End of Year Checklist #1 - Audit your money managers!

by Wayne Ferbert on December 2nd, 2013

The end of 2013 is on the horizon as December has finally arrived. With the end of the year comes the regular end of year investing articles – you know the ones I am talking about. The articles that both look backward at the year that was and look forward to next year. 
 
At Buy & Hedge, being good Catholics, we like to beat ourselves up and agonize over what we could have done better in the past year. In that regard, we are going to write multiple pieces in December about the end of year checklist you should be doing to get ready for 2014.
 
Checklist #1: Start to audit the money managers in your portfolio!
 
First, let’s start with the concept of an audit. Let’s remember – an audit is NOT a review of the performance of anything. When you get your financials audited as a company, you are not assessing whether the profit your company made was ‘good’ or ‘not good’.
 
Instead, an audit is a check of your processes and procedures. Think of it this way: an audit checks to see if you delivered XYZ results using the ABC procedures that you SAID you would use. An audit checks to see if you are doing things the way you SAID you would do them. In other words: are you delivering on your promise to operate in a certain way?
 
Your money manager should be reviewed with this audit approach in mind. The most important thing that a money manager can do for his clients: do what he says he is going to do.
 
What is the #1 sin in the money manager world? Style drift. What is style drift? It is when you identify the strategy you intend to follow as a money manager and then you instead allow your strategy to modify to a slightly different strategy. An example: the growth stock manager that buys too many value stocks. You hired him to be a growth manager – not a value manager. You have your value manager in another bucket – with another management company. You don’t want overlap.
 
But the audit needs to cover more than just style drift – its just style drift is the most common example of where a money manager fails in his audit. But money managers make all kinds of promises in how they are going to tactically manage your money – but once the bullets start flying, do they stick to those tactical promises?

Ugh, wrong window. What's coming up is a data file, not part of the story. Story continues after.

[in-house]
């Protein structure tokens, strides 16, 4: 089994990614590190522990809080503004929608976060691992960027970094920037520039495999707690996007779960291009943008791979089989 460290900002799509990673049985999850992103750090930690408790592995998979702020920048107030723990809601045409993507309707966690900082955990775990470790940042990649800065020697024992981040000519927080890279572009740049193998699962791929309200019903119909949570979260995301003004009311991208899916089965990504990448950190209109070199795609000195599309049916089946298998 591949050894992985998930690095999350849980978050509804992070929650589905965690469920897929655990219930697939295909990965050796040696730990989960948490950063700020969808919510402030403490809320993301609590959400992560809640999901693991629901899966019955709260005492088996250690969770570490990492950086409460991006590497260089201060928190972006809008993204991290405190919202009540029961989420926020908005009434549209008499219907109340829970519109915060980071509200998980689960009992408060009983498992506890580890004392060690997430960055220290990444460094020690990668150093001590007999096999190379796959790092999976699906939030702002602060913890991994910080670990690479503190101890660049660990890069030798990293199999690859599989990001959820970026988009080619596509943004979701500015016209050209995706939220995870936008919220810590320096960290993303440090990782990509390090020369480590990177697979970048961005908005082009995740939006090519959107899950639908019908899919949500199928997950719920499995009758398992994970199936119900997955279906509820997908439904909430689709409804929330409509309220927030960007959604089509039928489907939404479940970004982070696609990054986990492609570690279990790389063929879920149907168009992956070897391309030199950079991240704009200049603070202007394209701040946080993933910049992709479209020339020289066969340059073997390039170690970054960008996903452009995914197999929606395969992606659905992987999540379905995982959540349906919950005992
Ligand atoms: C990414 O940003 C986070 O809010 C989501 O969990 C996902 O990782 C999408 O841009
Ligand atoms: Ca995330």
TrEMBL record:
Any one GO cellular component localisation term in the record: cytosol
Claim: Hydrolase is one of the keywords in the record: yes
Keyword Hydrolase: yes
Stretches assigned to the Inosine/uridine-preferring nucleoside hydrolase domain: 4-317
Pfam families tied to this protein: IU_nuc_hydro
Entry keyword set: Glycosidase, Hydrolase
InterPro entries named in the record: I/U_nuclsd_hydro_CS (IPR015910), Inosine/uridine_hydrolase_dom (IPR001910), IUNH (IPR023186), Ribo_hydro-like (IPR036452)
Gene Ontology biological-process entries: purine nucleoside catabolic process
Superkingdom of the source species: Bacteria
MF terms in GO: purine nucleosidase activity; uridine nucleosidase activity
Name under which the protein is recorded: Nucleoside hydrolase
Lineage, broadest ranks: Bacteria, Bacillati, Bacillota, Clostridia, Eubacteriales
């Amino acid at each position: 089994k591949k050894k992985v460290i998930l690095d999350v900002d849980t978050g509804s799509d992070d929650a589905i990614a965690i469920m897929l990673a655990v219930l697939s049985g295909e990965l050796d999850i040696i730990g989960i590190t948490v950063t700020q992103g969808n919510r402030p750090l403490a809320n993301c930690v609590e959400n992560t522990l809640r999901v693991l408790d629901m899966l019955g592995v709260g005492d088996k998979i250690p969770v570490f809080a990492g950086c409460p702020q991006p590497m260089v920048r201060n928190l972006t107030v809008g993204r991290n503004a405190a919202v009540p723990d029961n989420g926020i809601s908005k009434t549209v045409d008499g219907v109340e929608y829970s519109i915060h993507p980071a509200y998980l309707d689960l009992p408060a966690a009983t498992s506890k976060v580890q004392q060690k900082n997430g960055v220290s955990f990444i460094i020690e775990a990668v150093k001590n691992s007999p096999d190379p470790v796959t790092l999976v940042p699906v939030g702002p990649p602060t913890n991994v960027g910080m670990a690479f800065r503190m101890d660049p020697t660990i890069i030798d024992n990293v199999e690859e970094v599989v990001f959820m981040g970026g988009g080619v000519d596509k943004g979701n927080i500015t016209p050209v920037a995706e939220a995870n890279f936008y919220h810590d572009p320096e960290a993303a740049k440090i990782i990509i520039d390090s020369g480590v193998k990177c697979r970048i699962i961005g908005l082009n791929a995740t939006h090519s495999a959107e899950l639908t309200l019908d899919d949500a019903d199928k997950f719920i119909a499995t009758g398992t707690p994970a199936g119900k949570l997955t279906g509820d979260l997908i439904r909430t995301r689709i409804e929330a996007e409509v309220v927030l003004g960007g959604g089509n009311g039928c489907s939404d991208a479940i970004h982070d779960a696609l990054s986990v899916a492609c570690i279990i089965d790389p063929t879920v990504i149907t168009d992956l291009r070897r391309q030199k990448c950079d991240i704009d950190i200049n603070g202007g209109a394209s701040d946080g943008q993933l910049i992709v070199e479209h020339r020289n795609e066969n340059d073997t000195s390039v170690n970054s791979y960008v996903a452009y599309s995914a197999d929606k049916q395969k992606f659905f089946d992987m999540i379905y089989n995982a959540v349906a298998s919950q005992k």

Go back and read the marketing material that was provided to you from the money manager and even read the summary in the prospectus for your investment with that manager. Then look back on the year and ask yourself these questions: 
  1. Regardless of actual gains or losses, did this manager deliver the returns appropriate to the risk his strategy SAID it would take? 
  2. Was the risk taken in the strategy consistent in DESCRIPTION to the risk the manager described that the strategy would take? 
  3. Did the manager make any tactical moves or changes that were not consistent with his PROMISES?
These questions are not always easy to assess – but you can use Morningstar to help you. Morningstar assesses every money manager in its system and can provide you with a view of the manager’s consistency, his holdings, his risk, and his return compared to the appropriate benchmark.
 
What is the most telling sign that a manager is not consistent to his strategy? His returns or risk measurements deviate from the appropriate benchmarks for his strategy. Dive in to those managers a little closer than most!
 
You need to start thinking about the money managers in your portfolio going in to 2014. Remember that the money managers include the mutual fund manager for any funds you own as well as the RIA you might use that designs your allocation program. 

Began looking closely now - and you will be better positioned after the holidays to make the necessary changes to your portfolio in 2014!


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